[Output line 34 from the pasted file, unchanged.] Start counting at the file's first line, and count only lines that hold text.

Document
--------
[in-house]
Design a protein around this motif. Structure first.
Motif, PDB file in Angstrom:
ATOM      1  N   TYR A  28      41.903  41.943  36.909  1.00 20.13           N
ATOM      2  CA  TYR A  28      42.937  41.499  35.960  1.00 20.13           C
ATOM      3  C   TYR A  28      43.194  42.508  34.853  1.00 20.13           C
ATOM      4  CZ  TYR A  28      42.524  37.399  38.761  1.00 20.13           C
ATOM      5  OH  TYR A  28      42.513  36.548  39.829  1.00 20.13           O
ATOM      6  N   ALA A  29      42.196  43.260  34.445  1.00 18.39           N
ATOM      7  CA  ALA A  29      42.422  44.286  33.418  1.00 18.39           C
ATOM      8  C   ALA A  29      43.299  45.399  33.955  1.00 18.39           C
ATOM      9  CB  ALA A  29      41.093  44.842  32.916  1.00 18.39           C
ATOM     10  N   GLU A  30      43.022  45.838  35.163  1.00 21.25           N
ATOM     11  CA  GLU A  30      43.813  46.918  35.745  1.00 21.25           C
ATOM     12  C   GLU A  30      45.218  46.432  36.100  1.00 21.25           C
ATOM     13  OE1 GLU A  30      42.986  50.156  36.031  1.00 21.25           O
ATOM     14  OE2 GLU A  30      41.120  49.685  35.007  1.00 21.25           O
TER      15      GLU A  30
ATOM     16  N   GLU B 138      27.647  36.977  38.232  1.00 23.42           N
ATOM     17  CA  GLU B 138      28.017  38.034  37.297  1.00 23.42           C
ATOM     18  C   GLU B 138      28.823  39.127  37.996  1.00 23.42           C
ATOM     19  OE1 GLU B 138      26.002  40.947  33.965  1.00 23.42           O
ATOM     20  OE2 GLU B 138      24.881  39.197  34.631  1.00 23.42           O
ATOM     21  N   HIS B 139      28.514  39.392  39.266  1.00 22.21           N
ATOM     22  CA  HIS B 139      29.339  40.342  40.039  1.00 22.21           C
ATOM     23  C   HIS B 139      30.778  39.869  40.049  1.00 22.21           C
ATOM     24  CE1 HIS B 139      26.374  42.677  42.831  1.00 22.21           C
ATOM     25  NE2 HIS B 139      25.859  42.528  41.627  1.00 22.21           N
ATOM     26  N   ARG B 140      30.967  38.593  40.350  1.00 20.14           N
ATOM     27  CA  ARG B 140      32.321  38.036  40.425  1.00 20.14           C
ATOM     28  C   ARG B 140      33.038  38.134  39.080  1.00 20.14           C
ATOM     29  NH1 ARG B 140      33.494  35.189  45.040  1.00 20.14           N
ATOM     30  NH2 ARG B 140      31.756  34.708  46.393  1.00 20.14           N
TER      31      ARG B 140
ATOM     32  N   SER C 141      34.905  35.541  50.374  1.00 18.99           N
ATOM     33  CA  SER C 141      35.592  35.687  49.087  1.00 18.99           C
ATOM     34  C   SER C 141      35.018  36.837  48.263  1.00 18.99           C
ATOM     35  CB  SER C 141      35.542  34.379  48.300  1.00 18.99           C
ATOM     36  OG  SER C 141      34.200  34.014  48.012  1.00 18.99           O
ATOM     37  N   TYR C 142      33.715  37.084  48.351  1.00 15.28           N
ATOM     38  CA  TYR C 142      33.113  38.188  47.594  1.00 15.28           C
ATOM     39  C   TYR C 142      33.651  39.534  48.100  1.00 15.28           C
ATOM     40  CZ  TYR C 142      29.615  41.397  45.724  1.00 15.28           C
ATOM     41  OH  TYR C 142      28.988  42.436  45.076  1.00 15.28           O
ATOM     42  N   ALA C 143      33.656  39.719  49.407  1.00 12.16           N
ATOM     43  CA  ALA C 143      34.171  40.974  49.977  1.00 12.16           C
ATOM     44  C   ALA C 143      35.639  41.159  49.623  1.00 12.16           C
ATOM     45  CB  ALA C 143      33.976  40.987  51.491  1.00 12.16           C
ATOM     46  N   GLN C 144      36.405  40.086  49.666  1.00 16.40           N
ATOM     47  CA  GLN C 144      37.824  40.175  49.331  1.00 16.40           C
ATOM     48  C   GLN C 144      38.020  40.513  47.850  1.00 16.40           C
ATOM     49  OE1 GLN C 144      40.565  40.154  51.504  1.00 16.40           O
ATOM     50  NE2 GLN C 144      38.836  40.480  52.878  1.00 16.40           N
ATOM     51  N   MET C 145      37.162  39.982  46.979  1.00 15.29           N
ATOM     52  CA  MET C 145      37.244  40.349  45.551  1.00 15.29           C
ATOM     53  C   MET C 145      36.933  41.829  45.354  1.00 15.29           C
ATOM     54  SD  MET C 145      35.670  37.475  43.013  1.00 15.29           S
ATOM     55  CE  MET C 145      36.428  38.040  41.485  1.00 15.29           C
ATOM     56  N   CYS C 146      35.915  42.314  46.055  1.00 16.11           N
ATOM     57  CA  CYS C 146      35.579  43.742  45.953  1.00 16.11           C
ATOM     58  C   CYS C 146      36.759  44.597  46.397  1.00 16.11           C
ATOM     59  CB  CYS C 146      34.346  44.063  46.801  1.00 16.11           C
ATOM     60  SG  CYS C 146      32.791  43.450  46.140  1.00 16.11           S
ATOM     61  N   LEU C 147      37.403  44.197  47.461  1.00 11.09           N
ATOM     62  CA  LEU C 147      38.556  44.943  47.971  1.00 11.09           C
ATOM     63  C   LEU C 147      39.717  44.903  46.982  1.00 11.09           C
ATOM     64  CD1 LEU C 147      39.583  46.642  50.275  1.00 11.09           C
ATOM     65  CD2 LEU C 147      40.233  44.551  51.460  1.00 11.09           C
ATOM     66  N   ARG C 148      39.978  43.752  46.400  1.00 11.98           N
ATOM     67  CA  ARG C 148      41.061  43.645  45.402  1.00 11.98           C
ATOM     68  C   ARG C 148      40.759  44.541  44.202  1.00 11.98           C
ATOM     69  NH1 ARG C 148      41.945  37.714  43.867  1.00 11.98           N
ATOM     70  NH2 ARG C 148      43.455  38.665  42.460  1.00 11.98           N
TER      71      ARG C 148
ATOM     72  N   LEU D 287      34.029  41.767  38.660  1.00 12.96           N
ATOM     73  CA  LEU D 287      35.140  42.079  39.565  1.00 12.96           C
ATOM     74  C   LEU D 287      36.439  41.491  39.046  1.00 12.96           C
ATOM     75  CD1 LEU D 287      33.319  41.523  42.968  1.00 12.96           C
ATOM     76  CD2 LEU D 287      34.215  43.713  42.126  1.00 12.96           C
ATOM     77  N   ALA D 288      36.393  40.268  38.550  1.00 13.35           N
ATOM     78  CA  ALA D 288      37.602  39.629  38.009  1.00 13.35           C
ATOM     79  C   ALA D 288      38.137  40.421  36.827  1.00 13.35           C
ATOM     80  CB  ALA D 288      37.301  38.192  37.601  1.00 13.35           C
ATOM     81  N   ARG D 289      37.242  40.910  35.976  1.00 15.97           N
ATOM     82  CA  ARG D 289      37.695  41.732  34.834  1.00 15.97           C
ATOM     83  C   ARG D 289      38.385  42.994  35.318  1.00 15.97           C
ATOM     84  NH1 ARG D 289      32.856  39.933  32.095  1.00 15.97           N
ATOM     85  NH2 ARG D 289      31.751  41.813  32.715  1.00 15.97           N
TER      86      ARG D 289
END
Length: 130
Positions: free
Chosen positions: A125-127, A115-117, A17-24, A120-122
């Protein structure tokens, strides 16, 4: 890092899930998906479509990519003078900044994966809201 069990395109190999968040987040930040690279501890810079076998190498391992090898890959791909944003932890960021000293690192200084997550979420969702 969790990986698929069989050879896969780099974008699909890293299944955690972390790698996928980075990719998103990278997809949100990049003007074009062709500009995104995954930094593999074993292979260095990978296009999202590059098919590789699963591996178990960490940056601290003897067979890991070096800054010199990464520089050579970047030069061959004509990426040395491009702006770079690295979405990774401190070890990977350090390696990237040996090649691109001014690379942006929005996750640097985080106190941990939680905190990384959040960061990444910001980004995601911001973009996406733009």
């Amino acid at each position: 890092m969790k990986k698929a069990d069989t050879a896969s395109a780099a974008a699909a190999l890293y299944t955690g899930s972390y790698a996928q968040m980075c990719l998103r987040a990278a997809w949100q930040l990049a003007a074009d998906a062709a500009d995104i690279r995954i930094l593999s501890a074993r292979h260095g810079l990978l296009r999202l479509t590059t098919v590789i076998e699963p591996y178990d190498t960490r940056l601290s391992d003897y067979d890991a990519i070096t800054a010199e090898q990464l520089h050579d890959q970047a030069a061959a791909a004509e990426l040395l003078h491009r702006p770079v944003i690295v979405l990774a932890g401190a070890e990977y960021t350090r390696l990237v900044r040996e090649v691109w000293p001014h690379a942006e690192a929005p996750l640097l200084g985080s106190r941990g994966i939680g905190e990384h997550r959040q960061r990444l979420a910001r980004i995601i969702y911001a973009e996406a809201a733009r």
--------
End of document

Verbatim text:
TER      31      ARG B 140